Bring on the Buffalo

By Michael Lynch, U. S. Army Military History Institute / Army Heritage Education CenterOctober 15, 2010

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General Mark Clark
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"You may be whatever you resolve to be." With these words taken from "Stonewall" Jackson's immortal challenge to cadets at the Virginia Military Institute, Maj. Gen. Edward M. "Ned" Almond activated the 92nd Infantry Division (Colored) at Fort McClellan, Ala., on October 15, 1942. Of the three African-American divisions activated during World War II, only the 92nd would serve as a full division in combat. The division would go on to a checkered combat career, with some early successes, some tragic failures, and final victory as the only division in the Army integrated down to regimental level.

The division trained hard for the next two years, battling illiteracy, military discipline problems, and white societal norms. The racial intolerance of white society of the time prevented the unit from training together initially. No other division in the Army during World War II experienced this sort of training separation, and it made unit cohesion very difficult. After nearly eight months of this dispersed training, the division moved to Fort Huachuca, Ariz., to complete its unit training. The 92nd Division, already using a buffalo patch as its distinctive insignia, adopted a live buffalo as a mascot in an effort to instill unit pride in its history as "Buffalo Soldiers."

The requirements for well-trained Soldiers clashed with the realities of race-based education in the 1930s. Most of the 92nd Soldiers suffered from the effects of inadequate education, provided by a "separate but equal" society. Their unequal education became clear when the 92nd found that 13% of its Soldiers were illiterate, and another 62% were in the two lowest classification categories as determined by the Army General Classification Test. Many Soldiers in these lower categories proved untrainable, and many more would prove unreliable in combat. Moreover, many African-American Soldiers failed to fully embrace and support the goals of an Army they saw as perpetuating the Jim Crow system that had oppressed them throughout their lives. These difficulties increased the time the division required to conduct all of its training. In all, the division needed eight more months of training than did similar white divisions.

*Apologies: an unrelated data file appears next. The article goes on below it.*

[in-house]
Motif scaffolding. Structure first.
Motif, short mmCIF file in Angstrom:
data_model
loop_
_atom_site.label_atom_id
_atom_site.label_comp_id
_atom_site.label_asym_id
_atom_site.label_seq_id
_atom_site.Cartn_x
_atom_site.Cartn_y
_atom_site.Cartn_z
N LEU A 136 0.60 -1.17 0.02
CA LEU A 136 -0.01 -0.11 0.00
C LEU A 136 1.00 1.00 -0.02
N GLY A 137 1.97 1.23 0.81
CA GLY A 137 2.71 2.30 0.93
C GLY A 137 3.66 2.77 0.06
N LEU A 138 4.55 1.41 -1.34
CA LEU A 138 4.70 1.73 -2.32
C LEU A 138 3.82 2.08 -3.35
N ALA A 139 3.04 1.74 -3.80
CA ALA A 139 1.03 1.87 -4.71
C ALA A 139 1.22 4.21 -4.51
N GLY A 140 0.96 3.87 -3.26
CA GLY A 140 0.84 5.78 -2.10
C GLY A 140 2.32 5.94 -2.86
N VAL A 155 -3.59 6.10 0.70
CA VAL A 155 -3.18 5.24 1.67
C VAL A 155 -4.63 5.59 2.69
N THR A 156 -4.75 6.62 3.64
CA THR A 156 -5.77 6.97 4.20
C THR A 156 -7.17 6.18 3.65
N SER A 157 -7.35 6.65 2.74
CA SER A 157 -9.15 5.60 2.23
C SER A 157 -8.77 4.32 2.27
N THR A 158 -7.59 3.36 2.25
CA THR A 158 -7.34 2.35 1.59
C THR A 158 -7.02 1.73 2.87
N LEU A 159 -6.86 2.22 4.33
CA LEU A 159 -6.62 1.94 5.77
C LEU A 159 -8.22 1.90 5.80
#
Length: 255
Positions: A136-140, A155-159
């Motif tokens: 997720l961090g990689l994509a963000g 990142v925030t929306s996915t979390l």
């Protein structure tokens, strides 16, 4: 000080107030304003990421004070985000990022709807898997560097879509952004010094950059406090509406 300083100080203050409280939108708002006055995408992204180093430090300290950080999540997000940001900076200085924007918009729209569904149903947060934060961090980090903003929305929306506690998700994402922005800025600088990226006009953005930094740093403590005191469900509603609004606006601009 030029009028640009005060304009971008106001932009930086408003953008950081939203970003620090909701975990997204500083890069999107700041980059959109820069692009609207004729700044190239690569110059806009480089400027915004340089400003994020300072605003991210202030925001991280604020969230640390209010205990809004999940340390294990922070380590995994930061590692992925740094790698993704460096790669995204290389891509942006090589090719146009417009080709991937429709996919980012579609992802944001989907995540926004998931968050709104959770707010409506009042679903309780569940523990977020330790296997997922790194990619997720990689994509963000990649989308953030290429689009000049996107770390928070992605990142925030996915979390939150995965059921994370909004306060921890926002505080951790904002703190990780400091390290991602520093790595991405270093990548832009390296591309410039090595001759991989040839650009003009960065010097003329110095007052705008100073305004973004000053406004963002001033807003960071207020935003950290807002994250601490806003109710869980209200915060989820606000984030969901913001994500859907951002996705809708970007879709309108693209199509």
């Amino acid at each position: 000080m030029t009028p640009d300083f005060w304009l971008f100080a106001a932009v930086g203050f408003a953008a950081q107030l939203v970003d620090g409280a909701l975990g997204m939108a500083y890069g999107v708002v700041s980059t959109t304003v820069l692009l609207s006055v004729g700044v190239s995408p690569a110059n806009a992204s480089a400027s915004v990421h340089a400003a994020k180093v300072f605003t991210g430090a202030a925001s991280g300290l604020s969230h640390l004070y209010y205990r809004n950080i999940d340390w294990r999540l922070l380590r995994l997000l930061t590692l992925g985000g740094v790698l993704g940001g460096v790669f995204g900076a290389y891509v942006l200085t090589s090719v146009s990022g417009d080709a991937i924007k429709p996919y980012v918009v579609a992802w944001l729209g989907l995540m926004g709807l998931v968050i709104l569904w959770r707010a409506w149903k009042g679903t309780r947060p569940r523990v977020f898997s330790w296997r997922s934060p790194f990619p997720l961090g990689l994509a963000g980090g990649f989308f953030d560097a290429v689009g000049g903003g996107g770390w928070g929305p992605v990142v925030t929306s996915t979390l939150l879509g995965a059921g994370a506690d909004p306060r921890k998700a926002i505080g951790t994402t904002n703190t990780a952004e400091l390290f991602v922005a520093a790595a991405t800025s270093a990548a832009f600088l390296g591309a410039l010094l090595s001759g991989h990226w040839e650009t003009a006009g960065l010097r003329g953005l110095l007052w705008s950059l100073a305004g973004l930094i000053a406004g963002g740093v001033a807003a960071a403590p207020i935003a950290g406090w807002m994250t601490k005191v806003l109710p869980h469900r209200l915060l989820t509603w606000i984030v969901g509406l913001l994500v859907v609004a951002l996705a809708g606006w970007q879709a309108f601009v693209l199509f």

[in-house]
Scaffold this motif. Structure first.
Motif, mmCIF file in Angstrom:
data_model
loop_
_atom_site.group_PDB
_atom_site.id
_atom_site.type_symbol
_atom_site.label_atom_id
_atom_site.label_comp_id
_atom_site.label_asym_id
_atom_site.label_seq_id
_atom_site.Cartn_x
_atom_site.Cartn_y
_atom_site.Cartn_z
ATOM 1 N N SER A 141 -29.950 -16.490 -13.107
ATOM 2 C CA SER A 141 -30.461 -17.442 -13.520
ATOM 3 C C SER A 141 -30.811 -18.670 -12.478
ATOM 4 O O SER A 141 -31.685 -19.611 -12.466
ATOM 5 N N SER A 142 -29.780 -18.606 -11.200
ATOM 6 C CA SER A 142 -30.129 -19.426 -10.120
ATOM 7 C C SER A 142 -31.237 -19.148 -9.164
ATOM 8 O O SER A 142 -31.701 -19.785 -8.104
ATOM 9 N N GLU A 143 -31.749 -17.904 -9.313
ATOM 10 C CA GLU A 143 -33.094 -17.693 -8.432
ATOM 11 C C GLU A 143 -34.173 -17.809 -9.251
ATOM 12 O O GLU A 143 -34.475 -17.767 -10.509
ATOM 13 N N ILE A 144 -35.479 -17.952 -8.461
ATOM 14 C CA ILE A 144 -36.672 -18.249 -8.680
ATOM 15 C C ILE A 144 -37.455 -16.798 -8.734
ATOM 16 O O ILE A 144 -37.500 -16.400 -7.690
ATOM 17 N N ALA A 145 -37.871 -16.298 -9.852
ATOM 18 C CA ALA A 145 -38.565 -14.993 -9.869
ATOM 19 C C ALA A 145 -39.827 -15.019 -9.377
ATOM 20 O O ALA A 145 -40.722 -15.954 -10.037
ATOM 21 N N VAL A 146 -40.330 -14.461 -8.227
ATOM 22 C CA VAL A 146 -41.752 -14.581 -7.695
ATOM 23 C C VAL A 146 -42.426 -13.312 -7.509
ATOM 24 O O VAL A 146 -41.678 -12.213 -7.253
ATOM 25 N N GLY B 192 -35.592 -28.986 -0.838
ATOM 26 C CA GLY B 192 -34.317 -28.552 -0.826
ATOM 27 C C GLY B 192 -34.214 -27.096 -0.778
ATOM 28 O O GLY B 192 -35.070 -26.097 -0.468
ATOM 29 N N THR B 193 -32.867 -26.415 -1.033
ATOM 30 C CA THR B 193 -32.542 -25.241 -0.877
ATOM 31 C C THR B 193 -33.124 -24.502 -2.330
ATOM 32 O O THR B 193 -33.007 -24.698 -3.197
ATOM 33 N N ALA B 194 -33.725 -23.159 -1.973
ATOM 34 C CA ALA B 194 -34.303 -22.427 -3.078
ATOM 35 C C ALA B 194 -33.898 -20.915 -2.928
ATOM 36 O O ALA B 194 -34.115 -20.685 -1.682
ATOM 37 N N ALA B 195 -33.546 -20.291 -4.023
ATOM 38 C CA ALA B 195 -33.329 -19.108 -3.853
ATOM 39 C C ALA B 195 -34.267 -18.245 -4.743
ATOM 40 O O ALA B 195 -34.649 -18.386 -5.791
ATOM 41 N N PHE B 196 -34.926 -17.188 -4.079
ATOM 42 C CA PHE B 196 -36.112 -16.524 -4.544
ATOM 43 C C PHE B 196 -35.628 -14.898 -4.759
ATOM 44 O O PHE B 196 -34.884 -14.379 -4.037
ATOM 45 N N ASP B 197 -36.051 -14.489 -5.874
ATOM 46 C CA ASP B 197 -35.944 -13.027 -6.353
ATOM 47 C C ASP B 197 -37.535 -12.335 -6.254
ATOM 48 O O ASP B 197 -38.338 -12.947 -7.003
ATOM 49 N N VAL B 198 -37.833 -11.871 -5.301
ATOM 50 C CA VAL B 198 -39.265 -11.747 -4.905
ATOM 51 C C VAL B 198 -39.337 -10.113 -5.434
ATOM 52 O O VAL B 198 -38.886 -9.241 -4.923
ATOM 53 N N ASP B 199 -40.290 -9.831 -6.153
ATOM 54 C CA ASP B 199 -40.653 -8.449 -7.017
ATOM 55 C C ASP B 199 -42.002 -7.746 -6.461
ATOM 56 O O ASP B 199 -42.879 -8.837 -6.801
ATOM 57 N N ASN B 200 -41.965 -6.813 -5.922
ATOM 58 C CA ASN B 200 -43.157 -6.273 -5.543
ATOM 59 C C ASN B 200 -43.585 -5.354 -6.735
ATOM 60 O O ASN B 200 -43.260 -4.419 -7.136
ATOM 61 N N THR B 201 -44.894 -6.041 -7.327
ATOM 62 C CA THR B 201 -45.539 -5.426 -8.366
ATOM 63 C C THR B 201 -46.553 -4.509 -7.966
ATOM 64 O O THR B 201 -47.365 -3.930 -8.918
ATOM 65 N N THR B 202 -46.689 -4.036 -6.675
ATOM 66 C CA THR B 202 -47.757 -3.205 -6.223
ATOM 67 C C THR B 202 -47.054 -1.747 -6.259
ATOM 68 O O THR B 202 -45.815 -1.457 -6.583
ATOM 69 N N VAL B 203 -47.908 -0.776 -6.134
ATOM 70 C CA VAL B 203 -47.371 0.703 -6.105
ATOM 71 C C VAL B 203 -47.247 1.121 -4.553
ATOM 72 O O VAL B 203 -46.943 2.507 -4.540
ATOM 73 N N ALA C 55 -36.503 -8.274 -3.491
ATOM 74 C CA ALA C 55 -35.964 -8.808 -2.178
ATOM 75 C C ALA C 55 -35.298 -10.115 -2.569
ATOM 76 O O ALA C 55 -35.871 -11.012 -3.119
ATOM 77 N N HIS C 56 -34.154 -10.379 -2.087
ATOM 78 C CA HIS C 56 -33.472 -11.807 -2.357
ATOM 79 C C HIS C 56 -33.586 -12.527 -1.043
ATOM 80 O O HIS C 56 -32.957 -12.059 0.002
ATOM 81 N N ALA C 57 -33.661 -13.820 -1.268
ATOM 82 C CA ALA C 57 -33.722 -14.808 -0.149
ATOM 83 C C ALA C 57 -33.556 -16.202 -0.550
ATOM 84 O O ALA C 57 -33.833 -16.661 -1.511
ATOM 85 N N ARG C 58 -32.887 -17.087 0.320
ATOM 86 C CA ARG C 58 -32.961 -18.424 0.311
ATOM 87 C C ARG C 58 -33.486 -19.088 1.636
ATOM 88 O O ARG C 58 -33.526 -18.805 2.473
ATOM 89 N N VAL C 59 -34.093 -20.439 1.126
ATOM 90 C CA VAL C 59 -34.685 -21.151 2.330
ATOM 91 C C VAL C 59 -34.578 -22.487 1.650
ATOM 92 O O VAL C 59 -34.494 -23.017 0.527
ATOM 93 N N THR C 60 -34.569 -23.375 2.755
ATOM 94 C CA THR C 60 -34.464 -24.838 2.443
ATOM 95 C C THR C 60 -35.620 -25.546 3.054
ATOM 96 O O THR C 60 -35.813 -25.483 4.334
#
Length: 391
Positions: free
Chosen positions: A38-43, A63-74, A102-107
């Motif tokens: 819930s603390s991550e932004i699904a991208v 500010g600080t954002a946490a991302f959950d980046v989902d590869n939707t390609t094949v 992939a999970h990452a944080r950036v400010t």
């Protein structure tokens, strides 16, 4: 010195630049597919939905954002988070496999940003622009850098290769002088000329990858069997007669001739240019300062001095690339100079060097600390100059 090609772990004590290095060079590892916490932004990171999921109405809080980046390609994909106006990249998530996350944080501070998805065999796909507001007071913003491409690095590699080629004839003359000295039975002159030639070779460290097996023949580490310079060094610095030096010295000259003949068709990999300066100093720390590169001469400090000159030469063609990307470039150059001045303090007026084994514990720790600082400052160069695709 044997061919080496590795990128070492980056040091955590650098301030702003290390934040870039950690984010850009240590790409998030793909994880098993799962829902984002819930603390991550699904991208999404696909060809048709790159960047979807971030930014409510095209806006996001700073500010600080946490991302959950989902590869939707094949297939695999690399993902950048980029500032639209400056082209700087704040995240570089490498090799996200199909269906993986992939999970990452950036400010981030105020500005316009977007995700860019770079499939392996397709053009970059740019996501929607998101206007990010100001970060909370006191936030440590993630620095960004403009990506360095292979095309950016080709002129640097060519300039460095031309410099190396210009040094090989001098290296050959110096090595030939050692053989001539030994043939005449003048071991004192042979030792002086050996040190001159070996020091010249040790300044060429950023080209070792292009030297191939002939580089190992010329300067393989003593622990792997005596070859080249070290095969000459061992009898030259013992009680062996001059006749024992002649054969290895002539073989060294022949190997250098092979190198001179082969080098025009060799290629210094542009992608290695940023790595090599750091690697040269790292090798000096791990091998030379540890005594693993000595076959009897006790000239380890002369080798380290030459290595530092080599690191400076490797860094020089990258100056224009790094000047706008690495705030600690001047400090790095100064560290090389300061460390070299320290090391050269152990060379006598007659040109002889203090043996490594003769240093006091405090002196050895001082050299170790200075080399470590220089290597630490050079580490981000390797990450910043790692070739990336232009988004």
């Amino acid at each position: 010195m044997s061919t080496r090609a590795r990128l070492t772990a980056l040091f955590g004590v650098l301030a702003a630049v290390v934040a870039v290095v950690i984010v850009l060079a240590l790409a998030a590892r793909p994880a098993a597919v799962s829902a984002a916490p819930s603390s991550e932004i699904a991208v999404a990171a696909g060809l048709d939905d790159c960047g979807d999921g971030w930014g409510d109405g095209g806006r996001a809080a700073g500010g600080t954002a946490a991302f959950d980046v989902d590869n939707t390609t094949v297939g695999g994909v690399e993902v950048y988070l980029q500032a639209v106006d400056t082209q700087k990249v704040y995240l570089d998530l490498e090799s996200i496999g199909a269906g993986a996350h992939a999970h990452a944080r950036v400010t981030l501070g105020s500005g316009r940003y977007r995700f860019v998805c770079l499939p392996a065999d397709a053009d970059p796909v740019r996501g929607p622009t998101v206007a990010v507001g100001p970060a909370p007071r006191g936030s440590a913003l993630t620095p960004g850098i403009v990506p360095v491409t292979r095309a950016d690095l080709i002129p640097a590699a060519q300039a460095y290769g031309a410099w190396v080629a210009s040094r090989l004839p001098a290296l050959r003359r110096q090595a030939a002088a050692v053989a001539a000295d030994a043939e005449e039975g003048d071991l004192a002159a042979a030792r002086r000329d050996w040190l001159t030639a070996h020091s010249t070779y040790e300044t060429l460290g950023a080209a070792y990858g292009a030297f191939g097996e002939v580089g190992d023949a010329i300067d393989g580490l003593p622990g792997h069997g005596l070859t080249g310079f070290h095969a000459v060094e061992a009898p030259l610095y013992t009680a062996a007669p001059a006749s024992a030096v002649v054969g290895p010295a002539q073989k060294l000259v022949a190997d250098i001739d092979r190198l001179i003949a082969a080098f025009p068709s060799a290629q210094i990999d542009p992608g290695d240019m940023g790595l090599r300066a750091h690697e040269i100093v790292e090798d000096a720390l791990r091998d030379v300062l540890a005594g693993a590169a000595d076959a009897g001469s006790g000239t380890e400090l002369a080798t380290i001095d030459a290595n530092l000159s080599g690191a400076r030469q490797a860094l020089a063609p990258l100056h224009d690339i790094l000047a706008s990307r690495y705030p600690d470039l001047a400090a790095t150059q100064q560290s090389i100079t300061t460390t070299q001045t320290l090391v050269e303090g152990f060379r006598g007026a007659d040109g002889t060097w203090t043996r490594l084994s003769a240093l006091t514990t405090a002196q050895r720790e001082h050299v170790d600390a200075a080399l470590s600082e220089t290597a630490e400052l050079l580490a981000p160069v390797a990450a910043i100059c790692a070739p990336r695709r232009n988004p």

The division deployed to Italy in the fall of 1944, assigned to the Fifth Army for the continuing assault toward the Alps after the fall of Rome. On Oct. 19, a rendezvous area near Leghorn was designated for most arriving elements of the 92nd. By then, Task Force 92 (370th Infantry Regiment and 2nd Armored Group) was already attacking up the Ligurian (west) coast of Italy as part of the Fifth Army assault on the Gothic Line. The next five months of difficult fighting in the Northern Apennines and Italian Alps identified some genuine heroes, but also uncovered some deadly unit weaknesses. While many individual soldiers performed well, ineffective officer leadership proved disastrous. Every unit had stragglers, but the 92nd Infantry Division experienced them in much greater numbers than did other divisions. Maintaining unit cohesion became impossible during combat operations, as many Soldiers deserted during combat. Junior officers sometimes found themselves at or near the objective, but with too few Soldiers to take and hold it. The division began establishing "straggler lines" behind the regimental boundaries to stop fleeing Soldiers and return them to their units.